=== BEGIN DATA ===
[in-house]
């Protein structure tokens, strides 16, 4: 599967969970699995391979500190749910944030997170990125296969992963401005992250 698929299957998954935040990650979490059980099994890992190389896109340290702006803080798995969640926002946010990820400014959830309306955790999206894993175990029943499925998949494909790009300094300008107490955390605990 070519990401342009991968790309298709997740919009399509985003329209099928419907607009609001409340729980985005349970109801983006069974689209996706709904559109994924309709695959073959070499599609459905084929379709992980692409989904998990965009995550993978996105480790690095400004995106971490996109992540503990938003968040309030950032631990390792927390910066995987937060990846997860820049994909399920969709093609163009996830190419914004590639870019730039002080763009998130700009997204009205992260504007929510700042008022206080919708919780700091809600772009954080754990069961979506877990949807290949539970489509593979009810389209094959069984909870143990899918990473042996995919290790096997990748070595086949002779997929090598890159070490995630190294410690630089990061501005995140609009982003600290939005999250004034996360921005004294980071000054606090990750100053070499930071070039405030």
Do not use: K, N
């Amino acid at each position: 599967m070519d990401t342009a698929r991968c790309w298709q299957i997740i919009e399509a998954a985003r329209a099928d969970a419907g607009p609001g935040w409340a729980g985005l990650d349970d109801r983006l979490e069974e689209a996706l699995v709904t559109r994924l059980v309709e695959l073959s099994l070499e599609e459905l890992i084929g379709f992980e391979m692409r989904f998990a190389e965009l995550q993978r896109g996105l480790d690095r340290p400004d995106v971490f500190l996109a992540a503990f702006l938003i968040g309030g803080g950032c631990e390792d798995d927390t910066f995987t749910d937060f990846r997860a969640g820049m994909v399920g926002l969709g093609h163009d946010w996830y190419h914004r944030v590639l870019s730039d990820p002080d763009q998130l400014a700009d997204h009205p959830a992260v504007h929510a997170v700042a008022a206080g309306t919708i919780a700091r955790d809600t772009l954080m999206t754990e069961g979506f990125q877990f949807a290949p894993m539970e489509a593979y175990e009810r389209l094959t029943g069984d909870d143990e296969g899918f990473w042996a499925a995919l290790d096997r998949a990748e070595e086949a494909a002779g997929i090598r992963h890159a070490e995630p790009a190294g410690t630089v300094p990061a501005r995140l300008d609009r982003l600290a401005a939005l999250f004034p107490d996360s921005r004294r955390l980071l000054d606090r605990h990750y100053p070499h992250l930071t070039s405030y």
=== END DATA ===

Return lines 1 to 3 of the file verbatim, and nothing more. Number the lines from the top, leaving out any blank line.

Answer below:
[in-house]
């Protein structure tokens, strides 16, 4: 599967969970699995391979500190749910944030997170990125296969992963401005992250 698929299957998954935040990650979490059980099994890992190389896109340290702006803080798995969640926002946010990820400014959830309306955790999206894993175990029943499925998949494909790009300094300008107490955390605990 070519990401342009991968790309298709997740919009399509985003329209099928419907607009609001409340729980985005349970109801983006069974689209996706709904559109994924309709695959073959070499599609459905084929379709992980692409989904998990965009995550993978996105480790690095400004995106971490996109992540503990938003968040309030950032631990390792927390910066995987937060990846997860820049994909399920969709093609163009996830190419914004590639870019730039002080763009998130700009997204009205992260504007929510700042008022206080919708919780700091809600772009954080754990069961979506877990949807290949539970489509593979009810389209094959069984909870143990899918990473042996995919290790096997990748070595086949002779997929090598890159070490995630190294410690630089990061501005995140609009982003600290939005999250004034996360921005004294980071000054606090990750100053070499930071070039405030």
Do not use: K, N